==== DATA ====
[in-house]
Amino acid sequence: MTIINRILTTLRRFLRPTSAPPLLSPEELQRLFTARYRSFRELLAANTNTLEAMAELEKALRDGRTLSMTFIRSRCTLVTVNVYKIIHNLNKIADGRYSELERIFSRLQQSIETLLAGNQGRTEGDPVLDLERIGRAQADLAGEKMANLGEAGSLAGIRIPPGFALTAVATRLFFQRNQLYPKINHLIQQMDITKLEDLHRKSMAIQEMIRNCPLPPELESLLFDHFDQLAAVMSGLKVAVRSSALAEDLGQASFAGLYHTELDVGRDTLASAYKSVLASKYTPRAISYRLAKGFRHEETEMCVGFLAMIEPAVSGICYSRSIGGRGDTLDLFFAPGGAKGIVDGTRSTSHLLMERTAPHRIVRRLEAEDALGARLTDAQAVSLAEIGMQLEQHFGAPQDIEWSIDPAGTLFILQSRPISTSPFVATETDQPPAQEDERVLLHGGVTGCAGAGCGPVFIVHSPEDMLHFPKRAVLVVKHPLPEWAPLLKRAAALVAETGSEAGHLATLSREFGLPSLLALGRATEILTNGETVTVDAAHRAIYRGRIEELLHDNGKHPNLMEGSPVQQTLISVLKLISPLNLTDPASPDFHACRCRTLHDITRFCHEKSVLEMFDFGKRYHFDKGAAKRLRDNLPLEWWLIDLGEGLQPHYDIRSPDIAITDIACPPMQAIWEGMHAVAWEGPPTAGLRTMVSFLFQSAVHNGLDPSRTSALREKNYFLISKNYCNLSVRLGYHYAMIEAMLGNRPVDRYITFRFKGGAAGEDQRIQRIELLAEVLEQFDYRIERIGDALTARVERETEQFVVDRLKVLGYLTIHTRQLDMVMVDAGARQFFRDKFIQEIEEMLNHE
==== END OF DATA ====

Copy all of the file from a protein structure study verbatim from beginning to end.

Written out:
[in-house]
Amino acid sequence: MTIINRILTTLRRFLRPTSAPPLLSPEELQRLFTARYRSFRELLAANTNTLEAMAELEKALRDGRTLSMTFIRSRCTLVTVNVYKIIHNLNKIADGRYSELERIFSRLQQSIETLLAGNQGRTEGDPVLDLERIGRAQADLAGEKMANLGEAGSLAGIRIPPGFALTAVATRLFFQRNQLYPKINHLIQQMDITKLEDLHRKSMAIQEMIRNCPLPPELESLLFDHFDQLAAVMSGLKVAVRSSALAEDLGQASFAGLYHTELDVGRDTLASAYKSVLASKYTPRAISYRLAKGFRHEETEMCVGFLAMIEPAVSGICYSRSIGGRGDTLDLFFAPGGAKGIVDGTRSTSHLLMERTAPHRIVRRLEAEDALGARLTDAQAVSLAEIGMQLEQHFGAPQDIEWSIDPAGTLFILQSRPISTSPFVATETDQPPAQEDERVLLHGGVTGCAGAGCGPVFIVHSPEDMLHFPKRAVLVVKHPLPEWAPLLKRAAALVAETGSEAGHLATLSREFGLPSLLALGRATEILTNGETVTVDAAHRAIYRGRIEELLHDNGKHPNLMEGSPVQQTLISVLKLISPLNLTDPASPDFHACRCRTLHDITRFCHEKSVLEMFDFGKRYHFDKGAAKRLRDNLPLEWWLIDLGEGLQPHYDIRSPDIAITDIACPPMQAIWEGMHAVAWEGPPTAGLRTMVSFLFQSAVHNGLDPSRTSALREKNYFLISKNYCNLSVRLGYHYAMIEAMLGNRPVDRYITFRFKGGAAGEDQRIQRIELLAEVLEQFDYRIERIGDALTARVERETEQFVVDRLKVLGYLTIHTRQLDMVMVDAGARQFFRDKFIQEIEEMLNHE